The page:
"If they held their ground, they could have been massacred because they were already running low on ammunition," Defense Secretary Voltaire Gazmin told The Associated Press. "So we discussed with them the option of escape and evasion."

    In New York, The United Nations Disengagement Observer Force, or UNDOF, whose mission is to monitor a 1974 disengagement in the Golan Heights between Israel and Syria, reported that shortly after midnight local time, during a cease-fire agreed with the armed elements, all the 40 Filipino peacekeepers left their position and “arrived in a safe location one hour later.”

    The Filipinos escaped during the cease-fire because they refused to agree to surrender as the insurgents demanded, Philippine military spokesman Lt. Col. Ramon Zagala said.

    The clashes erupted after Syrian rebel groups — including al-Qaida’s Syrian affiliate, the Nusra Front — overran the Quneitra crossing on the frontier between Syrian and Israeli controlled parts of the Golan on Wednesday, seizing 44 Fijians.

    The SITE Intelligence Group reported that the Nusra Front had posted a statement on its Twitter account Saturday taking responsibility for detaining the Fijian peacekeepers. The Nusra Front stated that the Fijian detainees “are in a safe place, and they are in good health, and that we have given them what they need of food and treatment.”

    The Nusra Front also posted a photo showing what it said were the captured Fijians in their military uniforms along with 45 identification cards, SITE said.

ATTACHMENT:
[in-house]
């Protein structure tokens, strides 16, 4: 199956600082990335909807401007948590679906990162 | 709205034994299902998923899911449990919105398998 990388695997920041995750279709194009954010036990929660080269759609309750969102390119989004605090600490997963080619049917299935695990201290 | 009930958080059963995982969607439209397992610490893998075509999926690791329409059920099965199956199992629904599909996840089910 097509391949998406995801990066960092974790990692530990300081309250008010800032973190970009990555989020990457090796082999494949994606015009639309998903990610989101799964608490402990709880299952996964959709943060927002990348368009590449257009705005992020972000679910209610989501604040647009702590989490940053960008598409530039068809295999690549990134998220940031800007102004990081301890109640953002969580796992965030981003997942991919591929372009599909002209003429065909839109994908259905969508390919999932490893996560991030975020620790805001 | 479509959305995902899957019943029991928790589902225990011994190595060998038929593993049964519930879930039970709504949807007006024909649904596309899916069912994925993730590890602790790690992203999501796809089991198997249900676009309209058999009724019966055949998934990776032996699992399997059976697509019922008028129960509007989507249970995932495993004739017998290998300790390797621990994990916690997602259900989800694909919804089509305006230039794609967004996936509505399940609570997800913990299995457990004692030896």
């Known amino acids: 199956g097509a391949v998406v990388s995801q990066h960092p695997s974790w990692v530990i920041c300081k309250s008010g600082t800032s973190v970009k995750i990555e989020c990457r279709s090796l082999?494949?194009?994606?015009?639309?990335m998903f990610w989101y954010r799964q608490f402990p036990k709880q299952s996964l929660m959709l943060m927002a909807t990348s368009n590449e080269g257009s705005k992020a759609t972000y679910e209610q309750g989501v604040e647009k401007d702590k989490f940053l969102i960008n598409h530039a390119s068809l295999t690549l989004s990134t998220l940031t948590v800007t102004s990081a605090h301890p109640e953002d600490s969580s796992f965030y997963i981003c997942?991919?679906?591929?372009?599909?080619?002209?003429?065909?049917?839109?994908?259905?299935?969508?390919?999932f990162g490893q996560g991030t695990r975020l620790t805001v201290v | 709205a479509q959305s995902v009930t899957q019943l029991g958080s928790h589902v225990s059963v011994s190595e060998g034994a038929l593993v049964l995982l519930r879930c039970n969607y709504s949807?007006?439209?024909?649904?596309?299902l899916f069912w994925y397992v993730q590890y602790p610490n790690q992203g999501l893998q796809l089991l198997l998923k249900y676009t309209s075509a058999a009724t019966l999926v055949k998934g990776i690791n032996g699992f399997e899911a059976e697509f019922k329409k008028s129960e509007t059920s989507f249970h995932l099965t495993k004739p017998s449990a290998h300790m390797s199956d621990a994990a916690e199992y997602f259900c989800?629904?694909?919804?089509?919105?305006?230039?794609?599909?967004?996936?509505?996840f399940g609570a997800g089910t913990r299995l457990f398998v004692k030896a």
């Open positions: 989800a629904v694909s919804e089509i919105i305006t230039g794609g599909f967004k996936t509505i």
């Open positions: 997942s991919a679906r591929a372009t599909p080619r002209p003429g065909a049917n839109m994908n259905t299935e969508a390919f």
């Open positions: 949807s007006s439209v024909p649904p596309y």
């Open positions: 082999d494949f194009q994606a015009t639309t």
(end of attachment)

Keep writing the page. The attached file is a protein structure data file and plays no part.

SITE added that the Nusra Front claimed the Fijians were seized in retaliation for the U.N.’s ignoring “the daily shedding of the Muslims’ blood” in Syria” and even colluding with Syrian President Bashar Assad’s army “to facilitate its movement to strike the vulnerable Muslims” through a buffer zone in the Golan Heights. The SITE report could not be independently confirmed.

    The U.N. mission has 1,223 troops from six countries: Fiji, India, Ireland, Nepal, Netherlands and the Philippines. A number of countries has withdrawn their peacekeepers due to the escalating violence.

    Philippine officials said Filipino forces would remain in Golan until their mission ends in October and not withdraw prematurely following the rebel attacks and the capture of the Fijian peacekeepers.

    Both U.N. Secretary-General Ban Ki-moon and the Security Council strongly condemned Saturday’s attack on peacekeepers’ positions and the ongoing detention of the Fijian peacekeepers.

    The Nusra Front has recently seized hostages to exchange for prisoners detained in Syria and Lebanon.